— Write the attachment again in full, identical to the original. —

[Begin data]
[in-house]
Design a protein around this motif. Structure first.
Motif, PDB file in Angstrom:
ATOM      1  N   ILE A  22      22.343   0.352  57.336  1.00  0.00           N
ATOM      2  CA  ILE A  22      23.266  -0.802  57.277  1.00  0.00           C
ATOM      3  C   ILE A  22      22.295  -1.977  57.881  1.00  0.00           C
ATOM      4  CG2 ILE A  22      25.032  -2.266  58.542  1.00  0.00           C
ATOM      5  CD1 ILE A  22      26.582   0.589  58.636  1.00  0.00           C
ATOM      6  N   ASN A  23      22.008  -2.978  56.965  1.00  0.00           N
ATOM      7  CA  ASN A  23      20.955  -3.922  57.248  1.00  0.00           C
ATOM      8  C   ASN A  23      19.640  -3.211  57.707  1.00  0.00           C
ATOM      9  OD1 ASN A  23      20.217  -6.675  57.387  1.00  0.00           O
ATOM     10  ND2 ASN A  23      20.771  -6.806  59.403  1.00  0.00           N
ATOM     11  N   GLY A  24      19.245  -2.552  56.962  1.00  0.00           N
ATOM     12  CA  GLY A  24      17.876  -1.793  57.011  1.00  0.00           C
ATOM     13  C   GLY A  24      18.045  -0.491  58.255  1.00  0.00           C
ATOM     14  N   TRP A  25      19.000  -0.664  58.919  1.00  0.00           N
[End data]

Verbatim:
[in-house]
Design a protein around this motif. Structure first.
Motif, PDB file in Angstrom:
ATOM      1  N   ILE A  22      22.343   0.352  57.336  1.00  0.00           N
ATOM      2  CA  ILE A  22      23.266  -0.802  57.277  1.00  0.00           C
ATOM      3  C   ILE A  22      22.295  -1.977  57.881  1.00  0.00           C
ATOM      4  CG2 ILE A  22      25.032  -2.266  58.542  1.00  0.00           C
ATOM      5  CD1 ILE A  22      26.582   0.589  58.636  1.00  0.00           C
ATOM      6  N   ASN A  23      22.008  -2.978  56.965  1.00  0.00           N
ATOM      7  CA  ASN A  23      20.955  -3.922  57.248  1.00  0.00           C
ATOM      8  C   ASN A  23      19.640  -3.211  57.707  1.00  0.00           C
ATOM      9  OD1 ASN A  23      20.217  -6.675  57.387  1.00  0.00           O
ATOM     10  ND2 ASN A  23      20.771  -6.806  59.403  1.00  0.00           N
ATOM     11  N   GLY A  24      19.245  -2.552  56.962  1.00  0.00           N
ATOM     12  CA  GLY A  24      17.876  -1.793  57.011  1.00  0.00           C
ATOM     13  C   GLY A  24      18.045  -0.491  58.255  1.00  0.00           C
ATOM     14  N   TRP A  25      19.000  -0.664  58.919  1.00  0.00           N